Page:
Traditionally, homes in the southeast have been insulated with fiberglass insulation, either batts or the “blow-in” variety in conjunction with vented crawl spaces and attics. Crawlspaces are equipped with foundation vents and attics generally have soffit vents, gable end vents and ridge vents to increase airflow. Unfortunately this practice is entirely inadequate to handle the environmental conditions in our subtropical climate. Insulation materials such as fiberglass and cellulose are not as effective as spray foam insulation and allow hot or cold humid air to enter these spaces in your home depending on the season. Utilizing spray polyurethane foam insulation you can improve your home’s energy usage, structural integrity and indoor air quality.
When creating sealed spaces in attics and crawl spaces there are two important things to be considered: 1) The space should be completely sealed from outside environmental conditions. Extreme temperatures and high relative humidities in coastal South Carolina make it virtually impossible to control humid air infiltration in a ventilated attic or crawlspace. 2) The space should be semi-conditioned. In attics, air movement between the living space and the attic, combined with duct leakage, will generally keep the temperature and relative humidity of the attic within a few degrees and RH% of your living space. Sealed crawl spaces are generally conditioned with a dehumidifier. Small HVAC supply lines may also be added to these spaces if additional control is desired.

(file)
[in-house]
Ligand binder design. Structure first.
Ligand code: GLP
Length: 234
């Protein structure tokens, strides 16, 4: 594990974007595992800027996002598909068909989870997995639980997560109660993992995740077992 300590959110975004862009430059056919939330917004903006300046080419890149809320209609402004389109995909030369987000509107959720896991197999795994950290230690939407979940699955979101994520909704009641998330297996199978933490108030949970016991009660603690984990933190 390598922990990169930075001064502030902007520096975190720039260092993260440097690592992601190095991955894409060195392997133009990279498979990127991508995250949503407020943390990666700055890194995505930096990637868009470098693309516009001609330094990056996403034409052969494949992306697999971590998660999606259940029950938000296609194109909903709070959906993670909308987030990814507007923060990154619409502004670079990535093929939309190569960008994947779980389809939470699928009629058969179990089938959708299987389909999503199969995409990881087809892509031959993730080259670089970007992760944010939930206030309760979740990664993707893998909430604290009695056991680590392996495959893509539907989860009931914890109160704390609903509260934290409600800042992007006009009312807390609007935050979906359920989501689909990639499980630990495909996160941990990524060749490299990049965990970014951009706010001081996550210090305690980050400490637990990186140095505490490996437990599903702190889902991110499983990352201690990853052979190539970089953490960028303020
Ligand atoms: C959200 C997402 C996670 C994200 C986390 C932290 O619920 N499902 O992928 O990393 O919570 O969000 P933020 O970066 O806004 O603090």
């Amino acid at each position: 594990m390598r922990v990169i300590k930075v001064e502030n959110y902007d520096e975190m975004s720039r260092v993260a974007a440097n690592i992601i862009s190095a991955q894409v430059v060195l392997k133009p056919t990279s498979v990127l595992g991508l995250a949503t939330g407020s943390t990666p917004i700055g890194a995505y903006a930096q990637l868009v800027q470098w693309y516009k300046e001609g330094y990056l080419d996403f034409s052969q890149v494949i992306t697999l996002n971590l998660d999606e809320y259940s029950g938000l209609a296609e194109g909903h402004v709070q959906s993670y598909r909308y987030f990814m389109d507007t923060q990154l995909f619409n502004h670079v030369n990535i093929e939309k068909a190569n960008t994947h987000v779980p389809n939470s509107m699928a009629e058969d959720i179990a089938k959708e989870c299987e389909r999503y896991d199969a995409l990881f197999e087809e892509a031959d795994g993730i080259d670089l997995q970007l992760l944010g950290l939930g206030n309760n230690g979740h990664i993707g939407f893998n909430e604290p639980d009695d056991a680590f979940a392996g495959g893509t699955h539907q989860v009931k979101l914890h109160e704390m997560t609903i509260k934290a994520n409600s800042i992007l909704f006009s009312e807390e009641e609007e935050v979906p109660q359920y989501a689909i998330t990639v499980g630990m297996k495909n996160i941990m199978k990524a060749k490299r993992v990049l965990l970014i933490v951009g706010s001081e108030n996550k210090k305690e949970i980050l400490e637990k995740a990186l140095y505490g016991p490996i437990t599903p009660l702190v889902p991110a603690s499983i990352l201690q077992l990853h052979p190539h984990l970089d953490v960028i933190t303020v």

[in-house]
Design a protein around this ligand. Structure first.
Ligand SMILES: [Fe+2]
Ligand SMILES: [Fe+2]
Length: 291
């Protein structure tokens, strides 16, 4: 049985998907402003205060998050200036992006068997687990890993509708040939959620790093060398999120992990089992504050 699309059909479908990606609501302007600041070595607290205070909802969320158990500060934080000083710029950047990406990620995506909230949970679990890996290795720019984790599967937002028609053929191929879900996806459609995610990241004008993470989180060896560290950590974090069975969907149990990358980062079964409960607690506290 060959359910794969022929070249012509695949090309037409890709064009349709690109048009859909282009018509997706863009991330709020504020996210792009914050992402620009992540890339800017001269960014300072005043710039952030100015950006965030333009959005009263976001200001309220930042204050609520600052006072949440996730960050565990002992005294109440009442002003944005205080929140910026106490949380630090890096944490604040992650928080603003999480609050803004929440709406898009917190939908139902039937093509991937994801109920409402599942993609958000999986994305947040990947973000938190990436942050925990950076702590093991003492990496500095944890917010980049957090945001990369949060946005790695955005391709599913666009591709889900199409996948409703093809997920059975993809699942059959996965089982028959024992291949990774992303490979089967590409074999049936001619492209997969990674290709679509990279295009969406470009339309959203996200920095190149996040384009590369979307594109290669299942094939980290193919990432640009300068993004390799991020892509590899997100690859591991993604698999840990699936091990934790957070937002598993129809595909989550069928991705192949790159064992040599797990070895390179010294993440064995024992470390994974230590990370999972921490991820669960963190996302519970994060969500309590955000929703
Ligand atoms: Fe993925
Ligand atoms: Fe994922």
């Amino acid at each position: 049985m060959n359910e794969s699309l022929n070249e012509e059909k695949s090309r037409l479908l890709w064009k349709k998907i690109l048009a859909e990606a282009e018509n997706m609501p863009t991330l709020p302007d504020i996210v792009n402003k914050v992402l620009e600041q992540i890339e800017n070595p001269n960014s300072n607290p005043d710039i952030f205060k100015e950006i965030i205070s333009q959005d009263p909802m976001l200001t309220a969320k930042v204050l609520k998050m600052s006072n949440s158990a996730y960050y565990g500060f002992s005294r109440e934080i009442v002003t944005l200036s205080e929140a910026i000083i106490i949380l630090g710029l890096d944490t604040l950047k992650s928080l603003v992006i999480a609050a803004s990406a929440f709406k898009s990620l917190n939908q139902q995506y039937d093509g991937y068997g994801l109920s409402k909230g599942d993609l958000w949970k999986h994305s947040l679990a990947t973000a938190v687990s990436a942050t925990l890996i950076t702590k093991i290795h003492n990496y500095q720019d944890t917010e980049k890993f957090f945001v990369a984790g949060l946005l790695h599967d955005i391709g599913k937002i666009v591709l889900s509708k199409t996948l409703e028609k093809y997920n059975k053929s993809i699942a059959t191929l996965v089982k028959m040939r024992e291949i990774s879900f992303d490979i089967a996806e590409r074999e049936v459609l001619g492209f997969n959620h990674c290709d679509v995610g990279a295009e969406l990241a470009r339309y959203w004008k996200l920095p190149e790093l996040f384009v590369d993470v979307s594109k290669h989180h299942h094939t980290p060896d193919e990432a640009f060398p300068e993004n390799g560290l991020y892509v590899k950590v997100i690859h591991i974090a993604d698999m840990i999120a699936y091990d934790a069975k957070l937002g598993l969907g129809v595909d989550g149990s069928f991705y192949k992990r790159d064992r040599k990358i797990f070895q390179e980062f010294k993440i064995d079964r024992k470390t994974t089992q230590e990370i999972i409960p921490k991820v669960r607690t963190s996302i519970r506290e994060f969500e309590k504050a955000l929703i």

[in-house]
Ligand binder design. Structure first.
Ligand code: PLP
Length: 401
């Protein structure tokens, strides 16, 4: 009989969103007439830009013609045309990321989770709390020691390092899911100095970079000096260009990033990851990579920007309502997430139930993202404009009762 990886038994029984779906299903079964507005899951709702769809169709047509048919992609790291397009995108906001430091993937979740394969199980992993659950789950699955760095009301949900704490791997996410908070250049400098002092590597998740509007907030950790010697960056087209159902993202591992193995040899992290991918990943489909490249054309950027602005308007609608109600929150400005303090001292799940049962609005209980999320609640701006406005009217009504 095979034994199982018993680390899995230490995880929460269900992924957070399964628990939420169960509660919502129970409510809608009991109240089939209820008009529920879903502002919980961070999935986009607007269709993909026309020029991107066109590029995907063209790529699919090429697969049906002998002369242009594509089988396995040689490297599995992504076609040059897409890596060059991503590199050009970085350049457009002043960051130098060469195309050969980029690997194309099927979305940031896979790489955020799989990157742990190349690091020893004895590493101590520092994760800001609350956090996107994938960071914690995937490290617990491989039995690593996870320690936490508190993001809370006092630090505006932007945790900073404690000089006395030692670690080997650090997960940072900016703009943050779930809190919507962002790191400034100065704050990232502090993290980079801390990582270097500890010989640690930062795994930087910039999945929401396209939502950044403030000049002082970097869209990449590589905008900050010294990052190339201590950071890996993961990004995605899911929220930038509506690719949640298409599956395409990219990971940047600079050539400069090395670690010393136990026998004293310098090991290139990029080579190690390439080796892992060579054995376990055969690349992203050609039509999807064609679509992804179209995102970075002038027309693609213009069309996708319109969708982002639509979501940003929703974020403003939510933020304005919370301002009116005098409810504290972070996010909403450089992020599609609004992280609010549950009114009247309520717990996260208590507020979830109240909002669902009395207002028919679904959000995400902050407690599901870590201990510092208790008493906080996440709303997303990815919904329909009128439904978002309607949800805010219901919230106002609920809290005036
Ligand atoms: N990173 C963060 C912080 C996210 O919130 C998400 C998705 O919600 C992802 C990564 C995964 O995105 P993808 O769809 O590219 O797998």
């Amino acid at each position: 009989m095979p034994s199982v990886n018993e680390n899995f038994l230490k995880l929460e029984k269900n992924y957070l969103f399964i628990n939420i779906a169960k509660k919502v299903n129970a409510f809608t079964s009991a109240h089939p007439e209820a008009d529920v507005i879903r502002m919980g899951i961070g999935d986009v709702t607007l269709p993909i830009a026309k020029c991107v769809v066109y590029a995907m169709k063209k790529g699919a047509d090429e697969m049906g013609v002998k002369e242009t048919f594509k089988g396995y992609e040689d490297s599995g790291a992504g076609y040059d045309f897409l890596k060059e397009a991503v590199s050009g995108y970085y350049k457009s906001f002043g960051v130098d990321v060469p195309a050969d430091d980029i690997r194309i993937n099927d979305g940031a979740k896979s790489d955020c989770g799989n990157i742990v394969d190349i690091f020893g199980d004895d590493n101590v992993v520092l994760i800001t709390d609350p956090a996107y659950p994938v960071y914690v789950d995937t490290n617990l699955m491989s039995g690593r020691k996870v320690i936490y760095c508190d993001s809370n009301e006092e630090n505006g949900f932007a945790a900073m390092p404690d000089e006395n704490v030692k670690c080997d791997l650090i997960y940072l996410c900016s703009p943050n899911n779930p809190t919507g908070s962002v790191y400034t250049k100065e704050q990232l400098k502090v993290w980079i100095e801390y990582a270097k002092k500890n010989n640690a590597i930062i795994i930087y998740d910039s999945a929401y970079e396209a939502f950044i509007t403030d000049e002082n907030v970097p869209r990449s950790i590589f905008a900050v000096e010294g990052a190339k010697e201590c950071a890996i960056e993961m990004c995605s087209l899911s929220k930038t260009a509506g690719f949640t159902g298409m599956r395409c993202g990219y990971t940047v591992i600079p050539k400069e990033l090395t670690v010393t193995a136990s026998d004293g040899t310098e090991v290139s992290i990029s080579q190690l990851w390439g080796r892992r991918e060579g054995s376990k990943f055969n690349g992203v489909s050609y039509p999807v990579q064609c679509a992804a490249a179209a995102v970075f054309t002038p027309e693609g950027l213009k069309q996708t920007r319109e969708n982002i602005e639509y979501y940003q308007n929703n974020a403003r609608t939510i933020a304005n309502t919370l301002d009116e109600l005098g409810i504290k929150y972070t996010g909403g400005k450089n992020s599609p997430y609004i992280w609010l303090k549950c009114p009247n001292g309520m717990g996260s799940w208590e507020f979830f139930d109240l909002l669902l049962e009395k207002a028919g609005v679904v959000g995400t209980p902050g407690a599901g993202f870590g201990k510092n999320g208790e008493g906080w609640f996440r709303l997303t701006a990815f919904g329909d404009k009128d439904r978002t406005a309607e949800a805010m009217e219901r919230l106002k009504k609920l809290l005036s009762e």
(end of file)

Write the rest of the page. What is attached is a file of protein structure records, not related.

Types of Spray Foam
Closed- Cell vs Open-Cell Foam Types
We spray both open and closed cell varieties of polyurethane foam. Both types of foam are far superior to traditional fiberglass applications. However, there are important distinguishing characteristics that should be considered and each can be catered to specific applications. Open cell foam is approximately .05 lbs/ft3 and is “light and soft” to the touch. Closed cell foam is approximately 2.0 lbs/ft3 and “heavier and rigid” to the touch and can add as much as 30% additional structural rigidity to a home. In general, open cell foam is used in roof decks and walls. Closed cell foam is primarily used on subfloors, but may also be used in walls and roofs where additional structural rigidity is desired, or where space is limited. Both types of foam are designed with specific characteristics to provide different functions for insulating your building. We at Carolina Foam Pros will provide you with all of the technical information you need to help you decide which foam best suits your particular application and budget.